OHBM 2017: 'The Dream Catchers'
Interview with Nathalie Regard & Roberto Toro
by AmanPreet Badhwar and Ekaterina Dobryakova
“...I wander all night in my vision,
Stepping with light feet, swiftly and noiselessly stepping and stopping,
Bending with open eyes over the shut eyes of sleepers …..
The female that loves unrequited sleeps,
And the male that loves unrequited sleeps,
The head of the money-maker that plotted all day sleeps,
And the enraged and treacherous dispositions, all, all sleep …..
I love the rich running day, but I do not desert her in whom I lay so long,
I know not how I came of you and I know not where I go with you, but
I know I came well and shall go well...”
-Walt Whitman, The Sleepers, 1892
The Mesopotamians archived their dreams on clay tablets, the Egyptians wrote down their dreams on papyrus. While many throughout history have recorded dreams, at OHBM 2017 we were provided with the opportunity to view their tangible form in 3D representations of brain activity. This art and neuroscience initiative, entitled Dream Sessions, was undertaken by professional artist Nathalie Regard in collaboration with neuroscientists Roberto Toro and Guillaume Dumas. Creative pieces from Dream Sessions (both 80 Days in Dreams and 101Nights) were showcased at this year’s OHBM art exhibit, entitled “Levels of Thought”, along with artworks from other artists and neuroscientists.
OHBM 2017 ABSTRACT HIGHLIGHT: NOVEL DISEASE PROGRESSION SCORES AND SUSCEPTIBILITY LOCI FOR ALZHEIMER’S DISEASE
BY HUGH PEMBERTON
There are over 9.9 million new cases of dementia every year worldwide, which equates to a new case every 3.2 seconds. The discovery of susceptibility loci for Alzheimer’s disease has the potential to inform research hypotheses and could, eventually, lead to novel therapies. I sat down with Marzia Antonella Scelsi from University College London to discuss her abstract on Multi-modal Imaging Disease Progression Scores as Quantitative Traits in GWAS of the ADNI Cohort. In this work, they used a mathematical model to generate an individual score for each patient based on the stage of their Alzheimer’s disease (AD) progression. Using this score, they performed a Genome Wide Association Study (GWAS) to look for any genetic markers that may be driving disease progression.
Hugh Pemberton (HP): How would you explain your study to your non-neuroscientist friends?
Marzia Antonella Scelsi (MAS): It is commonly known that AD is very complex and involves several different pathological processes occurring at different stages. There also exist several genetic influences but with only one very well known risk factor. The heritability of the disease is not well understood so better tools are required for studying the genetics of AD. The research world is currently looking at the genetics of each pathological process separately. However, this is likely to give only limited insight into AD, without reflecting the true complexity of the disease.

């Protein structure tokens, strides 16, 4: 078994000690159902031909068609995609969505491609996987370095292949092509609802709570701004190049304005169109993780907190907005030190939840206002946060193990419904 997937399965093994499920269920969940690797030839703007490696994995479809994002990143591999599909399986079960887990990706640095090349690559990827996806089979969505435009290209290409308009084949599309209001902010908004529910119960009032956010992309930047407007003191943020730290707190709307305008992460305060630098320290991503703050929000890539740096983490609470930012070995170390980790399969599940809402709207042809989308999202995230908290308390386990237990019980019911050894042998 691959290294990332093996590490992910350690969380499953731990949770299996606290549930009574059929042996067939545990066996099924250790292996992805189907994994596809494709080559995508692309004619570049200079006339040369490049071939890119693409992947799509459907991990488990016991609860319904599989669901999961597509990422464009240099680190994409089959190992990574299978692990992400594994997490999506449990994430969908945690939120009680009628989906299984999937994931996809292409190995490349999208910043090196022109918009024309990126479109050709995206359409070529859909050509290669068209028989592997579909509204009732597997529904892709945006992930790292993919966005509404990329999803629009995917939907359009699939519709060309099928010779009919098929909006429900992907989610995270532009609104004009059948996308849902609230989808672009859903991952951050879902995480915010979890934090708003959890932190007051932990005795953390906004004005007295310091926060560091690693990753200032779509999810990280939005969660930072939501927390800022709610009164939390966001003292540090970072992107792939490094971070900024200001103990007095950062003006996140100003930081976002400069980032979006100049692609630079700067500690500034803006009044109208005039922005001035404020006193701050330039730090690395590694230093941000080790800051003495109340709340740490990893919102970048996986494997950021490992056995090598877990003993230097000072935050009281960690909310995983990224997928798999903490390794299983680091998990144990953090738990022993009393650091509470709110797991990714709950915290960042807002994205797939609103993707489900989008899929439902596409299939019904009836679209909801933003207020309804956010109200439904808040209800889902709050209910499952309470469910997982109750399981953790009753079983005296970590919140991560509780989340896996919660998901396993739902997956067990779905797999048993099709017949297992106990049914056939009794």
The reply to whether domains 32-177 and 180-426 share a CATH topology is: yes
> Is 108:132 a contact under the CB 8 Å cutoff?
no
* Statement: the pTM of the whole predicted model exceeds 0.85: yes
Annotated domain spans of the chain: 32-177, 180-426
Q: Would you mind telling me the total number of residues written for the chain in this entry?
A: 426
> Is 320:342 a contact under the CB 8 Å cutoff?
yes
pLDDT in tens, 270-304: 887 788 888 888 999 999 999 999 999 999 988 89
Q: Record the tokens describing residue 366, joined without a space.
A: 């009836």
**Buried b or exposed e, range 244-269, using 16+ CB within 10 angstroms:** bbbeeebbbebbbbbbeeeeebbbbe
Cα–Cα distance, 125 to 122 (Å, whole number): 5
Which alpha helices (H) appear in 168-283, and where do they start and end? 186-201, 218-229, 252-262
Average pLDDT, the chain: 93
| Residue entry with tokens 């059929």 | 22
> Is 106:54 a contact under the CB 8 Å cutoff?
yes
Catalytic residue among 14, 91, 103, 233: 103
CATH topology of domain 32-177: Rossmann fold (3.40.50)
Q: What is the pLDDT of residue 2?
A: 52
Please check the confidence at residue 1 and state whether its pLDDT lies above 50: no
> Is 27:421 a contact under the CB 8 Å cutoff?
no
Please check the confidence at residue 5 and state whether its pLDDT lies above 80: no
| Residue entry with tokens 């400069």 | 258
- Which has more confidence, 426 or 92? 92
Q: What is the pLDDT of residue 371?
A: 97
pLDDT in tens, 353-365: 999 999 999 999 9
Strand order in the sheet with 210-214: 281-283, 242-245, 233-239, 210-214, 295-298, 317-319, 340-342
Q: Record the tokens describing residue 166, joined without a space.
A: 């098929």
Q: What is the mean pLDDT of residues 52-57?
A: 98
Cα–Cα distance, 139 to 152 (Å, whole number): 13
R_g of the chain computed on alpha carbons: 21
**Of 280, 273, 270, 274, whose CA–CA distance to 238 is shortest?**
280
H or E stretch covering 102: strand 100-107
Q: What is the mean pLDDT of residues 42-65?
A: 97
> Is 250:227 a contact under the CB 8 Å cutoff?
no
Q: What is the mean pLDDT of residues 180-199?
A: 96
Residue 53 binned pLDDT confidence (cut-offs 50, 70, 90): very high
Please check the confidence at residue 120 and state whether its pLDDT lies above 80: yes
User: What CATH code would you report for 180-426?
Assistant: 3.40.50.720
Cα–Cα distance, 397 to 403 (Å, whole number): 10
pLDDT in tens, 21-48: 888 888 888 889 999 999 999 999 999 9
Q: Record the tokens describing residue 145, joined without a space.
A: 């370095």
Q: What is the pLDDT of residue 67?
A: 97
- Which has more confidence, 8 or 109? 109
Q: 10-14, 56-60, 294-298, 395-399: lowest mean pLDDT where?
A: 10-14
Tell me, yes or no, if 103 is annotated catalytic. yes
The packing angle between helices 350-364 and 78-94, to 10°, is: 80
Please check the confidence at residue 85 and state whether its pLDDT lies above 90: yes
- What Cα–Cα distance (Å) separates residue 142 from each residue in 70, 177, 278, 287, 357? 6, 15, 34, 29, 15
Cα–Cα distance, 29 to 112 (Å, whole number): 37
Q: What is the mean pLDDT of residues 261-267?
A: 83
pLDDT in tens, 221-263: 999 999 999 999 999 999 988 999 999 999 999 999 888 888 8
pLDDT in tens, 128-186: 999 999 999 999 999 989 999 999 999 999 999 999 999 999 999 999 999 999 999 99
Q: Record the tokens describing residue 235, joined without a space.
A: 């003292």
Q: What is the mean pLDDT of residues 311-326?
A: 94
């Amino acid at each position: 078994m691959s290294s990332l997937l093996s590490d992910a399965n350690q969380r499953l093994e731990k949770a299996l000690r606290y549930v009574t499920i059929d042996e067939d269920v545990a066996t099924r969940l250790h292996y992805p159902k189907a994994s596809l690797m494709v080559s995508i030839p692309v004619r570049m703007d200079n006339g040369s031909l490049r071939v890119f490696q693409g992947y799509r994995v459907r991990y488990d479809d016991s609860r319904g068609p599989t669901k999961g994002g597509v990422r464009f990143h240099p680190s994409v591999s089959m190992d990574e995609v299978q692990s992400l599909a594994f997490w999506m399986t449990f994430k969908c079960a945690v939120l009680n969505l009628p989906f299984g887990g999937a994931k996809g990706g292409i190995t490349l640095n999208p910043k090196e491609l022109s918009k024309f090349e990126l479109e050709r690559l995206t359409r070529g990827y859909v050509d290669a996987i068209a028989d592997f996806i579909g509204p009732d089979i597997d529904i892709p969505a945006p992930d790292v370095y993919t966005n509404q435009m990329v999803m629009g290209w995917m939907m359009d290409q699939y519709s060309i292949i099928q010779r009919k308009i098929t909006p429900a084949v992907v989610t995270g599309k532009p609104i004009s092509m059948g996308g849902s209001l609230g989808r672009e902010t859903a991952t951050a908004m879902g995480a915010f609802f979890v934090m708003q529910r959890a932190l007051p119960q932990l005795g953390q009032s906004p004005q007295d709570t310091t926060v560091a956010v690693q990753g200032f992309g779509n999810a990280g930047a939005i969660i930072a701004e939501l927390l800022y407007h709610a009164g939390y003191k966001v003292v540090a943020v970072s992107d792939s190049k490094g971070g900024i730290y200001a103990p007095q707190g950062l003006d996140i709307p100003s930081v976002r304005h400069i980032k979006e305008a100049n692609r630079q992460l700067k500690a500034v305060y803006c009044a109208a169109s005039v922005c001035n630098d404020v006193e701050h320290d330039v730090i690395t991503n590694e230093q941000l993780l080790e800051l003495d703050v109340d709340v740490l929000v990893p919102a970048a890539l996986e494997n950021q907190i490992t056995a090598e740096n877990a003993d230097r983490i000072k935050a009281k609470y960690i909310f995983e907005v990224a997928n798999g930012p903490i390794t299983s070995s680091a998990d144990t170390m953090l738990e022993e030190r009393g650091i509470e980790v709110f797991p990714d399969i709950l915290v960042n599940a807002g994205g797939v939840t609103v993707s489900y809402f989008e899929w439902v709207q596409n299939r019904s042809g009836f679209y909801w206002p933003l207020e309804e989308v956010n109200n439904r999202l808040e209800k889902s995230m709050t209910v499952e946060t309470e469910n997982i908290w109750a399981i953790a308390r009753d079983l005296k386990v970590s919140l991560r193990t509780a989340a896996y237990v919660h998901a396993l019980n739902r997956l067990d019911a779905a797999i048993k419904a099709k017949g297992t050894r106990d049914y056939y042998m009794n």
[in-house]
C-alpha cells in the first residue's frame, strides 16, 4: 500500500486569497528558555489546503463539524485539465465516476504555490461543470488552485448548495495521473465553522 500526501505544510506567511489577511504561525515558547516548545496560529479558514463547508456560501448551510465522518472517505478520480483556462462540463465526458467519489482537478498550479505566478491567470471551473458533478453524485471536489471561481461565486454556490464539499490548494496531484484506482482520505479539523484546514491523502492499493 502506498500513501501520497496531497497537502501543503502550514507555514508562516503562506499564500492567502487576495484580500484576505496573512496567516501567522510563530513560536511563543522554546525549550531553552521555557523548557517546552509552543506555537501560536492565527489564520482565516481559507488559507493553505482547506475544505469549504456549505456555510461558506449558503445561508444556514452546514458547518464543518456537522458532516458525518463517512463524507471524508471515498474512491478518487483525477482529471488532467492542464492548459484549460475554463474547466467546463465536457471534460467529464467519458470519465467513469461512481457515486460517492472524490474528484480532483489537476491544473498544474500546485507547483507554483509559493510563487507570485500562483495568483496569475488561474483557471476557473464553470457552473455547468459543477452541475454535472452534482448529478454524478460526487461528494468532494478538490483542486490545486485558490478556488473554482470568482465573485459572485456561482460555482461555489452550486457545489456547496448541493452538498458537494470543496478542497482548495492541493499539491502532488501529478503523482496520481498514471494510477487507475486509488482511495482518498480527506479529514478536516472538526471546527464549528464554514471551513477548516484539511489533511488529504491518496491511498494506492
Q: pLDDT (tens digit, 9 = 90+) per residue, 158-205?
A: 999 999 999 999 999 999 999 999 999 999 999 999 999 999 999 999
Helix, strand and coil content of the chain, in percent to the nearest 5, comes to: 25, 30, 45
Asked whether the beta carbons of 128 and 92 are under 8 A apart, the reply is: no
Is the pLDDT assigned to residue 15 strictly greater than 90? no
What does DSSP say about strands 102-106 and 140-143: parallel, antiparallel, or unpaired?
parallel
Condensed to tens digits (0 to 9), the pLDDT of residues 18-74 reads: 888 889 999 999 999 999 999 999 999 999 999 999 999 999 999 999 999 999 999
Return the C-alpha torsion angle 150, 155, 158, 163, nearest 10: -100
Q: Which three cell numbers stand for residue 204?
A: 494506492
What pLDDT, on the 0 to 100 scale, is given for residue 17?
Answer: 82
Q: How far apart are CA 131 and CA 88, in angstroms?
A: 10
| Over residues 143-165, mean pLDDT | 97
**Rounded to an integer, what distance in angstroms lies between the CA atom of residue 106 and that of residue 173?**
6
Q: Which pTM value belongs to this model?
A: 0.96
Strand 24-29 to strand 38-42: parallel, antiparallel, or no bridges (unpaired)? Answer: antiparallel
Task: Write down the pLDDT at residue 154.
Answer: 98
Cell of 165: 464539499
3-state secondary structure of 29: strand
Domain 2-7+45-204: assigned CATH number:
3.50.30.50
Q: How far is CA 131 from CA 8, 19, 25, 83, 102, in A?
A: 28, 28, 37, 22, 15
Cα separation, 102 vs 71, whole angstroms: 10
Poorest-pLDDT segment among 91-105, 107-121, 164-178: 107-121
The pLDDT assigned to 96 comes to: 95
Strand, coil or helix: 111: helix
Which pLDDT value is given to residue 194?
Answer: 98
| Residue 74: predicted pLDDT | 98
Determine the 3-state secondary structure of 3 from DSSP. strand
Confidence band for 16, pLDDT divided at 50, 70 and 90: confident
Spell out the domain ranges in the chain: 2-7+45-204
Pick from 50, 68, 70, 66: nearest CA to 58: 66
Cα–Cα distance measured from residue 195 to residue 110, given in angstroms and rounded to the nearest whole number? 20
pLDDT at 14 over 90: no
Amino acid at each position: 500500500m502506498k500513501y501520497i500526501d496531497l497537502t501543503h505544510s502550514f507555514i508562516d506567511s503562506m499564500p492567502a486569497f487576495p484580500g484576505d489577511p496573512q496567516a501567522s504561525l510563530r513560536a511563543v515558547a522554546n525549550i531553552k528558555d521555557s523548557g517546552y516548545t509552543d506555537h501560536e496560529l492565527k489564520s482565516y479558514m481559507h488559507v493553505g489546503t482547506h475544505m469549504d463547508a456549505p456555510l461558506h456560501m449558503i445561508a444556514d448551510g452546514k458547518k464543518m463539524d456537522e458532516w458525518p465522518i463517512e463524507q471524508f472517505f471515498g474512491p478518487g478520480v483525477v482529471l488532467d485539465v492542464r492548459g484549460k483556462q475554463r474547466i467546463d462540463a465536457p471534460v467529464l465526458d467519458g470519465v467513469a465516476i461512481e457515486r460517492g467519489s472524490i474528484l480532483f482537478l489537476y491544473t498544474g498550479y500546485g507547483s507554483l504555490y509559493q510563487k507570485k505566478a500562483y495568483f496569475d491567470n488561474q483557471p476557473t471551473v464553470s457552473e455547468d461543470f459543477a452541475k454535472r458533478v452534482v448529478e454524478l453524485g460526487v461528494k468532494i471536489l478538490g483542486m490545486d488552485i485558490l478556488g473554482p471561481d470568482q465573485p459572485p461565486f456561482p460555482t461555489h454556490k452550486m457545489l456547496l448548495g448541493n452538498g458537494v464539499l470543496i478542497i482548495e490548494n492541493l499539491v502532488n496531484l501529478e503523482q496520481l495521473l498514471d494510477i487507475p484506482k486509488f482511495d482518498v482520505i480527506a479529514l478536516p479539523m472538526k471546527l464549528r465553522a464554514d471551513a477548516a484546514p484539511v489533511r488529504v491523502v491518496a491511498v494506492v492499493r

We want to know what drives the onset of all the symptoms together and come up with a phenotype – i.e., a measure of the disease severity – that combines information about all the different mechanisms at play during the disease course. We integrated two different signatures of AD pathology into one measure and tried to assess the stage of AD progression for each patient (Graph A, Figure 1). Subsequently, we assigned a number to each patient based on this calculated AD progression (Figure 1B). What we get from a genetic study of this score is information on multiple disease processes at the same time.
BY JEAN CHEN
Video interview conducted by Pamela Douglas and Martin Lindquist
Many working in or with MRI know about Mark Cohen’s contributions to neuroimaging. He played a critical role in developing practical echo-planar scanning, ultra-fast MRI applications, contrast-based and BOLD functional MRI and applications of linear systems analysis to increase fMRI sensitivity and resolution.
As the creator and director of the UCLA/Semel NeuroImaging Training Program Mark has pushed his students to an integrative understanding of the role of imaging in neuroscience: the use of images as hypothesis tests and the relationship between blurring, convolution, statistical error and inference from images. We spoke to Mark to find out his background and the rationale behind the neuroimaging training program.
OHBM 2017 Abstract Highlight: Deep Learning Reveals Brain Features associated with Preterm Birth and Perinatal Risk Factors
Q & A with Manuel Hinojosa-Rodriguez
BY BRENDAN E. DEPUE
Infants and children with a history of preterm birth (PB) and with perinatal risk factors (PRF) for brain injury may exhibit structural brain abnormalities. For example, they may exhibit grey matter (GM) lesions that could impair motor or cognitive functions. However, MRI identification of these potential GM abnormalities in infants and children is very challenging and not often employed in clinical practice. Researchers have therefore devised machine learning algorithms to identify such structural abnormalities. To better understand these new tools, I got together with Manuel Hinojosa-Rodriguez currently at the Universidad Nacional Autonoma de Mexico, who collaborates with the University of Southern California.